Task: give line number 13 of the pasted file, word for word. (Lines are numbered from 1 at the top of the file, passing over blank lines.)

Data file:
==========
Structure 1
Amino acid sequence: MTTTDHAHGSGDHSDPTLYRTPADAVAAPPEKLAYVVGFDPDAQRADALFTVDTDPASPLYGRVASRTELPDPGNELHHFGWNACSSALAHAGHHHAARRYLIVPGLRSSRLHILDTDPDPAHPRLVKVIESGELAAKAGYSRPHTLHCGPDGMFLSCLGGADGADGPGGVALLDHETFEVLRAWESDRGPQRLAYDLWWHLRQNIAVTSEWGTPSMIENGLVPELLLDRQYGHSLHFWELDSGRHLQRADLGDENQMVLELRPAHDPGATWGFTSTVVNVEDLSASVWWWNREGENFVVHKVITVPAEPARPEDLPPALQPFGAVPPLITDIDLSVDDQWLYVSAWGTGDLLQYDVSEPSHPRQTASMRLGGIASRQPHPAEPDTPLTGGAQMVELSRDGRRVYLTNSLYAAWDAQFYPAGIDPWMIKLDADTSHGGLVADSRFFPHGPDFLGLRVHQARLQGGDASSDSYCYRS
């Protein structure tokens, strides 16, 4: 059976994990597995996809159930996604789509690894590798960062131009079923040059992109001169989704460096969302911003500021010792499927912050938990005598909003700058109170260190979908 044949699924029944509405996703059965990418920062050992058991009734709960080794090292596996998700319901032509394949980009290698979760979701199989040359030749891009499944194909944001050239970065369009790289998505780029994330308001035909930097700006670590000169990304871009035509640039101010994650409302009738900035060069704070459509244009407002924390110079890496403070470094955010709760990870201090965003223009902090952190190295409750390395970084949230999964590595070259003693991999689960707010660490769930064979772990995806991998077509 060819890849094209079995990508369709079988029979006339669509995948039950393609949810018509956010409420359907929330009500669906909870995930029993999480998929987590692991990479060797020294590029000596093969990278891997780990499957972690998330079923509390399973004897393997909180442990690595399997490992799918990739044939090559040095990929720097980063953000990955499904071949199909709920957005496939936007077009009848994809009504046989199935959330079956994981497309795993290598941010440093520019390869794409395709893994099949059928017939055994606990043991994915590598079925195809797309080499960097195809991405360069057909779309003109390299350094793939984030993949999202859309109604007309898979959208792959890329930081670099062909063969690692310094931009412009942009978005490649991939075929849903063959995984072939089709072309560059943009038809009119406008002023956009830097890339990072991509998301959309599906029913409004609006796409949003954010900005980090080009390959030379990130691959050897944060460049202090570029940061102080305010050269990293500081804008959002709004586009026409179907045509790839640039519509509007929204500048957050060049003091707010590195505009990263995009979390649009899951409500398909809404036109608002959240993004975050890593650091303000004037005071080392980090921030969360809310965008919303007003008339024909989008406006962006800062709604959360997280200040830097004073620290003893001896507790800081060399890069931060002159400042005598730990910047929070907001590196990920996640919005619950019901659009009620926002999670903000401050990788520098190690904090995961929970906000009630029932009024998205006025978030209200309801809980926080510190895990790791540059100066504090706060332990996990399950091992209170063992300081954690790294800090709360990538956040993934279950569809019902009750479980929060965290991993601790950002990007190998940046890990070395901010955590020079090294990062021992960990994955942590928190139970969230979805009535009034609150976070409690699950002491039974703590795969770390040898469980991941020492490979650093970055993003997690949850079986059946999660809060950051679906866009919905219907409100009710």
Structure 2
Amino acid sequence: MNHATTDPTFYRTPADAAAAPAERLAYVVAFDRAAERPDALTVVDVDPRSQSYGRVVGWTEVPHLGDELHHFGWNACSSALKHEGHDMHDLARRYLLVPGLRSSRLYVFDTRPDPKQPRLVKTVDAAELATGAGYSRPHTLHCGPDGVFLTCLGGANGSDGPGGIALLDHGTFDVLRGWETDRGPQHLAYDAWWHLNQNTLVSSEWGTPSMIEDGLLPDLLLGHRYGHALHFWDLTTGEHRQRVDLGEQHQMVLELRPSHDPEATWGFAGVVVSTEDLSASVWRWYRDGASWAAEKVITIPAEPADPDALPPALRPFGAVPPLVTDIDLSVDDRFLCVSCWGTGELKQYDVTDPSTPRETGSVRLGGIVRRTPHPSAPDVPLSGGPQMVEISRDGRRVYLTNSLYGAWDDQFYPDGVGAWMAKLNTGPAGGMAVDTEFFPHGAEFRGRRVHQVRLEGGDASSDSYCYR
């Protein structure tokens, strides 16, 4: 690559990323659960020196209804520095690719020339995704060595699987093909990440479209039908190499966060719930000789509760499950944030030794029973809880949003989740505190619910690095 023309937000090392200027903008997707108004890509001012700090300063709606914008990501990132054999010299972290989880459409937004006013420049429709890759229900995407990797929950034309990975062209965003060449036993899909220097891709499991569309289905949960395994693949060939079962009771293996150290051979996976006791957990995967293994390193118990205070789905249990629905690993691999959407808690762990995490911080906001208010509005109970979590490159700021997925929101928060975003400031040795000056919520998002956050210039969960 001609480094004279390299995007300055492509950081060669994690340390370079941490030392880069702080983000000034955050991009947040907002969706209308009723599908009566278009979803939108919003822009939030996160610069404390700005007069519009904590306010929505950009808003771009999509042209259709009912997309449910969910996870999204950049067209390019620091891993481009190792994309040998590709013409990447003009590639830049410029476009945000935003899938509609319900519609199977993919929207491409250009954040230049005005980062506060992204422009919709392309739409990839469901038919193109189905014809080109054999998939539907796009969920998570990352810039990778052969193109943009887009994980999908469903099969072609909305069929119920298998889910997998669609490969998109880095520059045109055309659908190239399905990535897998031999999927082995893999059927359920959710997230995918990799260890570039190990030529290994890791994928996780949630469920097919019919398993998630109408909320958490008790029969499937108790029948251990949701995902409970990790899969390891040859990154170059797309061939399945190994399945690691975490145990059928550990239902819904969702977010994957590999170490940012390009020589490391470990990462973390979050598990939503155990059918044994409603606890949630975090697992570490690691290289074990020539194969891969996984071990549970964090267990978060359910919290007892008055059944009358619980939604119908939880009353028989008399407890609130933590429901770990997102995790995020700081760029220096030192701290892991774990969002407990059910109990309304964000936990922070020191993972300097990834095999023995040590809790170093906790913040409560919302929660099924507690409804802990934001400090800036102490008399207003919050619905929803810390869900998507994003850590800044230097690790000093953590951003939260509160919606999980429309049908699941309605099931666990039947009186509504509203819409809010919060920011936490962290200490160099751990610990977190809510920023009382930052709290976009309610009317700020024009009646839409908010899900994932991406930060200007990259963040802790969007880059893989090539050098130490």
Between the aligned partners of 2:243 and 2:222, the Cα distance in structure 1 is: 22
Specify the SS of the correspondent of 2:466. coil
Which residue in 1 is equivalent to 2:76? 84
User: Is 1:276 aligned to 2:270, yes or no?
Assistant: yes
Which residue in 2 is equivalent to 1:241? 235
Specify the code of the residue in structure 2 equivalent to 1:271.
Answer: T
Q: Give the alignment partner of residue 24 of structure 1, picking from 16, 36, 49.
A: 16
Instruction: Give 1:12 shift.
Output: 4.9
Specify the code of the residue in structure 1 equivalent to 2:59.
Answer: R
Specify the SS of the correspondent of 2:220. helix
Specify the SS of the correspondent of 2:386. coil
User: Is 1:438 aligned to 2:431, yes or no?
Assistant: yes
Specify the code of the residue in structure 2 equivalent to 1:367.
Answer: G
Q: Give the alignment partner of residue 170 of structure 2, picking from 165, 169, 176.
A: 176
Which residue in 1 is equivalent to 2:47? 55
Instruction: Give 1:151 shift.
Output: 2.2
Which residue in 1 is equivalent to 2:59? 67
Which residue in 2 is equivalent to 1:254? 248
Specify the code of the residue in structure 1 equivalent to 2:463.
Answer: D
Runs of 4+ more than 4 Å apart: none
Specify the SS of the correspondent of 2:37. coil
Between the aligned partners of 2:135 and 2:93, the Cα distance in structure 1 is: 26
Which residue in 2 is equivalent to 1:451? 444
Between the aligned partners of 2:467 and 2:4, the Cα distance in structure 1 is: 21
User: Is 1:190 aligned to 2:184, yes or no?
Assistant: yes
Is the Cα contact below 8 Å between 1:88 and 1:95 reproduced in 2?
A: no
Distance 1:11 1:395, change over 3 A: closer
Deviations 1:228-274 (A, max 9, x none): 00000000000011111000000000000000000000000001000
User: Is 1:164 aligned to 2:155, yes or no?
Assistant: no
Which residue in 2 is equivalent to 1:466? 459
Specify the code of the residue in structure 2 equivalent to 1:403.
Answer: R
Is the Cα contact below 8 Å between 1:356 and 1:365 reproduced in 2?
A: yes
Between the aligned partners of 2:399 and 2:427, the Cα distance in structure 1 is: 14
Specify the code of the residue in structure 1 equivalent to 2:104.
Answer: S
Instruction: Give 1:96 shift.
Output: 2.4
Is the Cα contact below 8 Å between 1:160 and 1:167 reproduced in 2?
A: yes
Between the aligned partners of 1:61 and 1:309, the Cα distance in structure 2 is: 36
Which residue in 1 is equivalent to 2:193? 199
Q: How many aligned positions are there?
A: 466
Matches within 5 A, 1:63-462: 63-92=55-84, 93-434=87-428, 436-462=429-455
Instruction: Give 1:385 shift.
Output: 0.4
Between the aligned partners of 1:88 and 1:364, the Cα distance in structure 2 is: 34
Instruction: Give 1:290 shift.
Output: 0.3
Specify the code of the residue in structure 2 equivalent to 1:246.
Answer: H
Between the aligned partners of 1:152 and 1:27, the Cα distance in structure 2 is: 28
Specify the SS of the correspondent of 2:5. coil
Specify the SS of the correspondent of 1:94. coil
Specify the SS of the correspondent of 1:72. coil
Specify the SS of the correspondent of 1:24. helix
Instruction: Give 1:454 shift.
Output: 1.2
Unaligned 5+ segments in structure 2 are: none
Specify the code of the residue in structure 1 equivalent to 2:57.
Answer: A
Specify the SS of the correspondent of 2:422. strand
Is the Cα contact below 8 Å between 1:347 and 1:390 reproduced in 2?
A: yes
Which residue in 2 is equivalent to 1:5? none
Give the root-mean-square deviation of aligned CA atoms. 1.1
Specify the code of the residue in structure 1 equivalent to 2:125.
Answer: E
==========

Specify the code of the residue in structure 2 equivalent to 1:271.